When people think of Beaujolais ... well, they don't really think of Beaujolais at all, do they? Those who remember it recall a watery, acidic, too-fruity Kool-Aid called Beaujolais Nouveau that accompanies the November celebration in honor of the wine's annual release. Once the party's over, they buy some and drink it the next night or "age" it until some pitiable -- and usually drunk -- sap comes along to drink it. (Beaujolais Nouveau should be consumed within six months after bottling.) But the really downtrodden ones are the Beaujolais producers. The November rush delivers a cash windfall, but the hype for the Kool-Aid eclipses any hope they have to establish a name for their good wines: the "cru" Beaujolais.
A "cru" is basically an appellation (called "AOC" in France) or a section of land with a name. Appellations are declared when the soil and climate turn out grapes in that particular swath of land that are decidedly different from other swaths of land. All Beaujolais are made with 100 percent Gamay grapes, but when they are grown in a different place, they can take on different flavors and characteristics. For example, Moulin-à-Vent, a cru designation in northern Beaujolais, has granite-based soils that are richer in manganese than other crus, producing a spicier, more robust wine. The other nine crus are: Brouilly, Chenas, Chiroubles, Côtes-du-Brouilly, Fleurie, Julienas, Morgon, Regnie, and Saint Amour.
Everyone who knows something about wine lauds the 2003 and 2005 vintages of cru Beaujolais, saying they produced the best juice since the historic 1945 and '47 vintages.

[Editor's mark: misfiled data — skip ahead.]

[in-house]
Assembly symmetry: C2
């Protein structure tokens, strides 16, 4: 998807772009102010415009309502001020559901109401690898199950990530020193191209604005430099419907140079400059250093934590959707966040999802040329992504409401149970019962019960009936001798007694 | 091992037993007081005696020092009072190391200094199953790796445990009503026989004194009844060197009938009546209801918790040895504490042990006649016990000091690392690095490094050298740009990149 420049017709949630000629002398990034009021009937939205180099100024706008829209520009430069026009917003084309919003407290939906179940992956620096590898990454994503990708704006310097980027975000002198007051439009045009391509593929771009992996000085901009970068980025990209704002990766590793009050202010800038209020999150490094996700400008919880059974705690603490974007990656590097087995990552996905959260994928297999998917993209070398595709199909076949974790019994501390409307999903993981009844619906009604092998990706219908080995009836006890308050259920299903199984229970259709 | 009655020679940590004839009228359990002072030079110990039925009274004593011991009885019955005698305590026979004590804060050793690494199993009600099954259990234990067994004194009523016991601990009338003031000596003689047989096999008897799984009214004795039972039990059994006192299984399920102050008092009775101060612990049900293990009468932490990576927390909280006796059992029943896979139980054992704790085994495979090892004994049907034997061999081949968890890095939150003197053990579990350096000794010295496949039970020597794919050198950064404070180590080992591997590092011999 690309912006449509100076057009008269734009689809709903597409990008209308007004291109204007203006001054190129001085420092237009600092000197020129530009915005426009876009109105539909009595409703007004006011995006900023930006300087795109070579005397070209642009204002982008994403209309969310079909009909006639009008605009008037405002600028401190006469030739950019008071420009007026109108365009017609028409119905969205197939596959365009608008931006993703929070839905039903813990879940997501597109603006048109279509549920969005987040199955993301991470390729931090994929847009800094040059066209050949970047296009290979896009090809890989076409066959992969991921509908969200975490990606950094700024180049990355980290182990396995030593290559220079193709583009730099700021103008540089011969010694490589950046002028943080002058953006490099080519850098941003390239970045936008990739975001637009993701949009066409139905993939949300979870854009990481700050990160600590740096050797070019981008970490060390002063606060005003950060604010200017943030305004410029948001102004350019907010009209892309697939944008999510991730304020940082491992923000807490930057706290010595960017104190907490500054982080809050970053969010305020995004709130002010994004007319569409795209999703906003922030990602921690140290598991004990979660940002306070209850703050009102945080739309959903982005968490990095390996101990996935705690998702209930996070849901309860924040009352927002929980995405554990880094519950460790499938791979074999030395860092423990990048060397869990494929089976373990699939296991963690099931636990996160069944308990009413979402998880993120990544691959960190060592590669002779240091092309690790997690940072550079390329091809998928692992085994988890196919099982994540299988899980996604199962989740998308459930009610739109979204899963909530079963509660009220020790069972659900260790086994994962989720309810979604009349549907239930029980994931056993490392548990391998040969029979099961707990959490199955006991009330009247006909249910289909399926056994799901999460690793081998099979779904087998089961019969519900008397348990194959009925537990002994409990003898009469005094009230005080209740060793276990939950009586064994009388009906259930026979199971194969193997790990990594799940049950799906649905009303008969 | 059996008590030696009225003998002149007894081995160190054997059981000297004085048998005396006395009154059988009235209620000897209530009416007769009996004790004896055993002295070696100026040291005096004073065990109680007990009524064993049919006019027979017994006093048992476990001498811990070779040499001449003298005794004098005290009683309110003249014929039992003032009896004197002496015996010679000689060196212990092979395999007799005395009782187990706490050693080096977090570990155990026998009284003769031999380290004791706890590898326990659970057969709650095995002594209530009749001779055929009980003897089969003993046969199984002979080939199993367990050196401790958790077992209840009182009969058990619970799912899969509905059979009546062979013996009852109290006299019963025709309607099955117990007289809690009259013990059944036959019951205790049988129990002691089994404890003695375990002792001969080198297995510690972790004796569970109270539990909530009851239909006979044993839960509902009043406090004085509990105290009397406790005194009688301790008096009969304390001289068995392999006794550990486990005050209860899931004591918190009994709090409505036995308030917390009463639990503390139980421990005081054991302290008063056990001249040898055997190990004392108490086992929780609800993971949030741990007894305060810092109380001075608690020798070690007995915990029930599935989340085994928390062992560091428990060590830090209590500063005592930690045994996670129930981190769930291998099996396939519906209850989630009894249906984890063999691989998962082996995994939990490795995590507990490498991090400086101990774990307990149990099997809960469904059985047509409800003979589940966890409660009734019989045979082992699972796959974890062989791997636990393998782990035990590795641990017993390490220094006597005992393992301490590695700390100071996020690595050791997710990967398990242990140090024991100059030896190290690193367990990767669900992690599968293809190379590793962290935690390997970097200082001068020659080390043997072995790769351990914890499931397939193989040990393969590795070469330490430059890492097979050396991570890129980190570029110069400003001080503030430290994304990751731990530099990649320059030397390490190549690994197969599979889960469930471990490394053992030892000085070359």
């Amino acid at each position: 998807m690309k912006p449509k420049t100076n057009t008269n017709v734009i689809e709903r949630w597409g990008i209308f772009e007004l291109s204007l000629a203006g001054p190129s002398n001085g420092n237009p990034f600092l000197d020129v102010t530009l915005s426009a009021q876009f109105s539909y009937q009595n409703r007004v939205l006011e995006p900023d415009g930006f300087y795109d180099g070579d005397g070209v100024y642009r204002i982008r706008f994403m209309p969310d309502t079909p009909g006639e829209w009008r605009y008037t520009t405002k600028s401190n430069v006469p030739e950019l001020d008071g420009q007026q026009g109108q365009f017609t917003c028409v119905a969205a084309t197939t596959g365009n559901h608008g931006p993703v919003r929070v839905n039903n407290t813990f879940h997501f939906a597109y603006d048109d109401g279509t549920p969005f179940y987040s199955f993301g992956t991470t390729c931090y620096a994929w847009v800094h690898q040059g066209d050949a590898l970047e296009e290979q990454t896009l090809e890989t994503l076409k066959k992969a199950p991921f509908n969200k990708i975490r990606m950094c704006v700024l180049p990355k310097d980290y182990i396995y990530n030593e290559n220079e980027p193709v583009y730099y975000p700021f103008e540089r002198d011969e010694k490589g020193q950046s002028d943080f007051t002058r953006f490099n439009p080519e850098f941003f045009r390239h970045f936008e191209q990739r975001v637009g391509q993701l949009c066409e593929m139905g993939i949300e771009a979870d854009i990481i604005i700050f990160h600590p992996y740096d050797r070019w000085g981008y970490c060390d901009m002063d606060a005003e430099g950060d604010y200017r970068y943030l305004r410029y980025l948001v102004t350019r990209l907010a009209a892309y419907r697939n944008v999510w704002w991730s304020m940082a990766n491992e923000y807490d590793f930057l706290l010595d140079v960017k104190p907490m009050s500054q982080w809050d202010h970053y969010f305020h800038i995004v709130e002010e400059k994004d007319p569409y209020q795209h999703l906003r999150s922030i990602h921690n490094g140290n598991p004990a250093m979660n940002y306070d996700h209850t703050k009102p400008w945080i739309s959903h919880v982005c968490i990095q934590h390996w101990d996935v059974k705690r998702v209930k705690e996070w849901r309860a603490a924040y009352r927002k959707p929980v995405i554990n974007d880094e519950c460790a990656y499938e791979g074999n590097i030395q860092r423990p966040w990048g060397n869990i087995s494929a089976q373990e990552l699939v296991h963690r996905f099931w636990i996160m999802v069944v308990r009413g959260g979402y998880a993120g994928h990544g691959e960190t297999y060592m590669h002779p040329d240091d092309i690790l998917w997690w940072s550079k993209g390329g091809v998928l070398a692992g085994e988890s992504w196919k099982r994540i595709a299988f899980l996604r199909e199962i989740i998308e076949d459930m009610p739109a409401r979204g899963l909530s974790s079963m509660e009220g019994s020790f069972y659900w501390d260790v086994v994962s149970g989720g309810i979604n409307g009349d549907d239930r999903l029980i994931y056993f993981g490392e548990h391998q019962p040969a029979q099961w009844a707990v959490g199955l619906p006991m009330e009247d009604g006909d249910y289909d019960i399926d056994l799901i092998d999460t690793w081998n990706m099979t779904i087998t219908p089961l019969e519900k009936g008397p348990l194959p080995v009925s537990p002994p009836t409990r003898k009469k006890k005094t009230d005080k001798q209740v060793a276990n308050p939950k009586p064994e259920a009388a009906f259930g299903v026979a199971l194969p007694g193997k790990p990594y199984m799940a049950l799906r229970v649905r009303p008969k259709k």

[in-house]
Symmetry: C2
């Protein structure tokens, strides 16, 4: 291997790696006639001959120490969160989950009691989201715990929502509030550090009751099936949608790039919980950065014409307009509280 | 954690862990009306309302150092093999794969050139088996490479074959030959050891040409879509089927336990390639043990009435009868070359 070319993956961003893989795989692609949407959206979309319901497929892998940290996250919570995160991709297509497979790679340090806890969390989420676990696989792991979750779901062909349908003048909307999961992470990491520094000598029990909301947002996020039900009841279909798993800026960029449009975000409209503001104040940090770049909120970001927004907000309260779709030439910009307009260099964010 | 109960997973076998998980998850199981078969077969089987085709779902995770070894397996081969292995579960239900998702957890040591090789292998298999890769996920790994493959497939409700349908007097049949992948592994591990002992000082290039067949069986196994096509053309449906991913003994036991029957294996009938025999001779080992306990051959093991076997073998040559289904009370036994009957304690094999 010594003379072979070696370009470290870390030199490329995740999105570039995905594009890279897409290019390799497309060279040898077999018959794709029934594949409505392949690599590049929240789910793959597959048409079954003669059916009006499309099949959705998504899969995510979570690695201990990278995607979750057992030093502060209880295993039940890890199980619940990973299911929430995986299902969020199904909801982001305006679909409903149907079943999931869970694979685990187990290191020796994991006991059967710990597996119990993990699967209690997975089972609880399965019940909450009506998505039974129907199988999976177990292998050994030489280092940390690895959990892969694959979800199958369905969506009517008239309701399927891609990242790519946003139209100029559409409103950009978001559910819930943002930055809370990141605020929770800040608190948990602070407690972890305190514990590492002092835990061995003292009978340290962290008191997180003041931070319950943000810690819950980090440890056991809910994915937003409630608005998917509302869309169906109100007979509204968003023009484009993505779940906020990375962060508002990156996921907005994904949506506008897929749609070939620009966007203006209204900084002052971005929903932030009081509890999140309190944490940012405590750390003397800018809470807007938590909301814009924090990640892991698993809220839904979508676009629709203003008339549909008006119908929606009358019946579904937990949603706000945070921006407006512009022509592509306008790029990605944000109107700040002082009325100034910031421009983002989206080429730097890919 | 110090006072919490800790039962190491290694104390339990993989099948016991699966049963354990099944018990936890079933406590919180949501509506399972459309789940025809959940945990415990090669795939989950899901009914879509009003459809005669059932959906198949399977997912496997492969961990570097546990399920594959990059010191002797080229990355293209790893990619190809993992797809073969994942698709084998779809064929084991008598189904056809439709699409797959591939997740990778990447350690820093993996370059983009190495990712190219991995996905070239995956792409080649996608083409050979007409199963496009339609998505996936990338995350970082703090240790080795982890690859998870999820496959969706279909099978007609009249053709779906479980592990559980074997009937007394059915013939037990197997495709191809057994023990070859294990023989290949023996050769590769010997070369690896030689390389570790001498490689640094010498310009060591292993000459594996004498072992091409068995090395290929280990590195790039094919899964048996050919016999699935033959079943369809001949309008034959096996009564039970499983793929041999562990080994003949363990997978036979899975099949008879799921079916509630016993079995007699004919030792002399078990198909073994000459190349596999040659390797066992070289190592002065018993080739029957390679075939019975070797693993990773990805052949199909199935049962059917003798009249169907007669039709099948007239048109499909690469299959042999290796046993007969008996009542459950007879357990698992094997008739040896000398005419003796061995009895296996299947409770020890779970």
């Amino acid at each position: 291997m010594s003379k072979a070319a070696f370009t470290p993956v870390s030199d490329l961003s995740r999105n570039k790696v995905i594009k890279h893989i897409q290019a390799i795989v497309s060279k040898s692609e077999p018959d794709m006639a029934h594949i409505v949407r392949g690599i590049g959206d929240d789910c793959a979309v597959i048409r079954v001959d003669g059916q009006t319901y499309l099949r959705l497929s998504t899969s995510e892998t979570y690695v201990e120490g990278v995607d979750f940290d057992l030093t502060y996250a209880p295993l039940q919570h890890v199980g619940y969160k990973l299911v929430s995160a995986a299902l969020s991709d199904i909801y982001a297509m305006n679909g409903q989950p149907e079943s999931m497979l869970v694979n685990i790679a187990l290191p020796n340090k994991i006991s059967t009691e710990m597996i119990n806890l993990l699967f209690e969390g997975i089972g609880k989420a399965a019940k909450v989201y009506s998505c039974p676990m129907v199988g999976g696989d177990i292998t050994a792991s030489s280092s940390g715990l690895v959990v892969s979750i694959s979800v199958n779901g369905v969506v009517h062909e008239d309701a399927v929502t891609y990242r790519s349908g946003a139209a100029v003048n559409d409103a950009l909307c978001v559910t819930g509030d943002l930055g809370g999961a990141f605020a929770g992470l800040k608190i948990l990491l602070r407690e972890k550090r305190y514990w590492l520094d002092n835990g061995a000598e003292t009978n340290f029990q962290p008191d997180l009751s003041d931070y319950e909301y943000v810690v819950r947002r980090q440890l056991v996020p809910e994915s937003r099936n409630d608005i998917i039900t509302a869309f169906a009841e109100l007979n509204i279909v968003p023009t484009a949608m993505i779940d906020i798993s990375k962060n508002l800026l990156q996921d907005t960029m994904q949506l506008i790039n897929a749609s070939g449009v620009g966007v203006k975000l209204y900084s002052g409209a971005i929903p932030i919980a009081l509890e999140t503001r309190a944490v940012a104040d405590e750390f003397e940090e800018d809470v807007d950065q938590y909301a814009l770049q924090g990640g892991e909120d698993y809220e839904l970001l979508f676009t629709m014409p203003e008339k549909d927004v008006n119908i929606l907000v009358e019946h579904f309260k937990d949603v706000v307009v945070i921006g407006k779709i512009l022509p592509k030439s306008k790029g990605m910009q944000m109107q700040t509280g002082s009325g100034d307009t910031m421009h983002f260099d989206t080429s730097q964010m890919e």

The '03 and '05 are two completely different stories. 2003 was the year Europe got butt-kicked with so much heat that the grapes practically raisinated on the vine. But 2005 was a more traditional vintage, with near-perfect sun and rain conditions. And it's no bull either. Virtually every wine I've tried from these years was beautiful in some way. The 2003 wines have more of a "cooked" flavor, with darker fruit like prunes, roasted cherries, and raisins. If you close your eyes, you'll swear you were drinking red Burgundy, which is made from pinot noir and costs twice the price. The 2005s, especially my favorites, Julienas and Morgon, smell and taste like velvety, ripe raspberries and in-your-face cherry.
There are two other appellations, Beaujolais and Beaujolais Villages, which originate from less favorable regions than the crus. These often have great fresh and fruity aromas but destroy the moment with their acidic and sometimes tannic flavor. So I pay $5 more and go cru, which runs anywhere from $12 to $25, depending on the producer and the AOC.
One other surprising thing about cru Beaujolais: They age well. Since people tend to think of the drink-it-now Nouveau as the quintessential Beaujolais, they don't think any of them can age. On a recent trip to Beaujolais, I tried wines from 1989, 1990, and 1992, and they had a scrumptious, aged Pinot Noir appeal about them -- tamed tannins and acids, roasted red fruit, and soft leather. Not bad for an initial investment of $15 and a whole lot of patience to let it rest.
Because of its lightheartedness and fruitiness, Beaujolais is great for summer drinking. In fact, it's the perfect red-wine "bridge" for white-wine drinkers. To bring out the fruit and refreshing acids, chill it down for about an hour in the fridge. And seek out the most reliable Beaujolais producers: Mommessin, Jadot, and Duboeuf.
Duboeuf 2003 Morgon Jean Descombes -- Smells like dark red wood and leather seats in a men's cigar bar. Taste is soft layers of roasted black cherries, blueberries, and currants. $14
Mommessin 2005 Julienas -- Well-balanced acids with lively cherry, rich vanilla, bright raspberry, and a dash of earthy leather on the finish. Might be hard to find but worth the effort. $14